If There are Gods – age 30

My cold hand clutches the tiller, hip against the long cracked wood,

wondering when it will break. The tides push from below, wind

cupped inside the long sail, pulls from above. We are smaller

than a whale yet larger than a shark, this boat and me.

We have a destination. We have a GPS guiding

me with small electronic arrows.

I guide us, yet I cannot help but notice the sea

on all sides, trying to steer this vessel, this body,

to its own designs.


We exist here because we are allowed.


We are given this gift of water, shrinking us down to a speck.

We are smaller than birds without wings, without their means

of survival. If the sea decides—

it can swallow us.

Pull us down into liquid silence.

Our bodies, crumbled and scattered over reefs,

to be devoured slowly

by alien fish.


If there are gods anywhere on this Earth,

They are not on mountain tops or windswept plains.

They are made of scales and fish bones. They have

tails and gills, and when They cough,

a tsunami destroys a city or two.


If there are gods, They ride blue whales to secret caverns

where everything glows in the dark, where

the fish believe light to exist only within their bodies, lining their blood vessels.

Light is their voice in the darkness, their only form of communication

besides their teeth, ready to devour whatever crosses their path.

If there are gods, They commune

with such creatures, slip past them as liquid shadows, unseen

against the deep dark, grasping their whale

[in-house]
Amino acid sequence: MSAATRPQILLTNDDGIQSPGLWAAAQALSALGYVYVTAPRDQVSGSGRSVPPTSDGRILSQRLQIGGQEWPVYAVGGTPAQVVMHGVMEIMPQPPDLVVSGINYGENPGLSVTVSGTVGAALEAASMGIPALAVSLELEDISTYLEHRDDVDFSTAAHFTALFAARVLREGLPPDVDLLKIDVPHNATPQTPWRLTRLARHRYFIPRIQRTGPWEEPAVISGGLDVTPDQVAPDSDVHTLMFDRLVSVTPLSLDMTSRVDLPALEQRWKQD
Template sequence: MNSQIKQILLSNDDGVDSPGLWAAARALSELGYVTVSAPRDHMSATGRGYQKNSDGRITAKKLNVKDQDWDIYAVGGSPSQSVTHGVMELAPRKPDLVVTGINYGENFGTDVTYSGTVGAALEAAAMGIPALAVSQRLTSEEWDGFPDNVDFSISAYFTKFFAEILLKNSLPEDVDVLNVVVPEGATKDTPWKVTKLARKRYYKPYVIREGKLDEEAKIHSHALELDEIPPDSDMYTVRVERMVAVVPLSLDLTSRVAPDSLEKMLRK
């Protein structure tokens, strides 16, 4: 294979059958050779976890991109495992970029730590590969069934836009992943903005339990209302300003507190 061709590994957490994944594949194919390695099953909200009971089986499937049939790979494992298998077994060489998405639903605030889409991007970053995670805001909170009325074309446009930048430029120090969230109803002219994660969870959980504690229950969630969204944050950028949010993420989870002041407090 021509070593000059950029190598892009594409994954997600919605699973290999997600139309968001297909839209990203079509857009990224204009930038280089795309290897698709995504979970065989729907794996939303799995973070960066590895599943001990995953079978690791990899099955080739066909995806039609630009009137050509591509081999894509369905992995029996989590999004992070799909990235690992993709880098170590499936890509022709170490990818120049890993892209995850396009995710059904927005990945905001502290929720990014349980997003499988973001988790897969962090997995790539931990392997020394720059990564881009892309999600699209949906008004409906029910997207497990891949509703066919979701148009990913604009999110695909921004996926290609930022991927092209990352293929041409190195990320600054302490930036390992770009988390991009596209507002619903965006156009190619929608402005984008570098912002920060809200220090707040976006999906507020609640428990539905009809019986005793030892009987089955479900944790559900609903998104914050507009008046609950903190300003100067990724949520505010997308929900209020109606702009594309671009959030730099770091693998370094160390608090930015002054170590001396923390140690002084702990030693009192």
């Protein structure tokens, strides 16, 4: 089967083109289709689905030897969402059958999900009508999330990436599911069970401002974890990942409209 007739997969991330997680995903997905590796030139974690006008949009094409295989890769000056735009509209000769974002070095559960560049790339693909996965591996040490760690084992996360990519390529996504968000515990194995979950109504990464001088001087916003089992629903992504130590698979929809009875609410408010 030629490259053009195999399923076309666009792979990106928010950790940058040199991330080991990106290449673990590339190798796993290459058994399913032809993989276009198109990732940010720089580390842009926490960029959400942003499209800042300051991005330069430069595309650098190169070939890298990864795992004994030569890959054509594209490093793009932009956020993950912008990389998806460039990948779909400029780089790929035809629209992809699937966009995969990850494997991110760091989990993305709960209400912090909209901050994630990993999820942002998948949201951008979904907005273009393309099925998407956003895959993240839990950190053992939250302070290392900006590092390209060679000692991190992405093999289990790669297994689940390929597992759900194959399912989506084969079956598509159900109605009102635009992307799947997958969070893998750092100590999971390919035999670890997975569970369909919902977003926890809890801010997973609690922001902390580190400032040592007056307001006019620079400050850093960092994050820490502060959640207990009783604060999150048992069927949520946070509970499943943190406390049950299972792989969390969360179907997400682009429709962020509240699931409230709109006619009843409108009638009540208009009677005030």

chariots from below.


If there are gods anywhere on this Earth,

They live in the sea.

As I Sleep On – age 26

I write about ants because
of how they found me:
Half-naked on a stained mattress.
A sari falling around my body in waves of dark green.
Fabric against blood-colored sheets.
I heat turmeric paste on a little spoon,
and dab the hot yellow substance
over blisters that are scattered across my arm in a sort of quiet
against South Indian heat.
Papaya trees like tall spies with messy green hair
stare in through the window.
I lay back.
Fall asleep by the light of a candle slowly
burning down.
Wiping sweat in my slumber.
Not noticing the tiny procession
of ants, crawling in from the doorway.
A wavy line across the black tile floor.
I am blind as well as deaf and sleep on.
The ants find my limp arm across their territory on the floor
and rejoice as they climb my mountain of skin,
smelling the puss leaking from my yellow crusted spots
and excitedly dive into its moisture,
licking                   eating                   drowning
in the succulent excrement of my wounds.  
*When I was 25, I spent 6 months in South India working with my dear friend Ann of Auroville’s Animal Care for the third time since the age of 19.  This trip however, was one filled with grief and desperation.  Ann was in the process of dying from colon cancer in a nearby hospital while I looked after some of the village dogs.  South India in June is often over 100 degrees.  I broke out in blisters and woke up more than once to what happened in this poem.  It’s always been a special poem to me, and since no journal has published it yet, I like the idea of it existing here.

“The Door to Love” – age 10

We were walking on the beach, he and I,
the moon shone brightly in the black-colored sky.
We walked slowly, hand in hand,
letting our feet brush through the sand.
In the darkness, we saw a door.
We knew it was a door to love forever,
if we walked through it, we would always be together.
We tried to think, quick and fast,
when almost all of our time was past,
we ran to try and catch the door,
but when we got there, all we saw
were the waves crashing ashore.
 *Author’s Note: I wrote this at the kitchen table while my mom was cooking.  I don’t have a whole lot of lucid memories from my childhood, but this one is one of the clearest.  I had just read through a bunch of my mom’s old poems from High School and I was inspired to write a love poem, even though all I knew about love at the time was from Madonna songs.*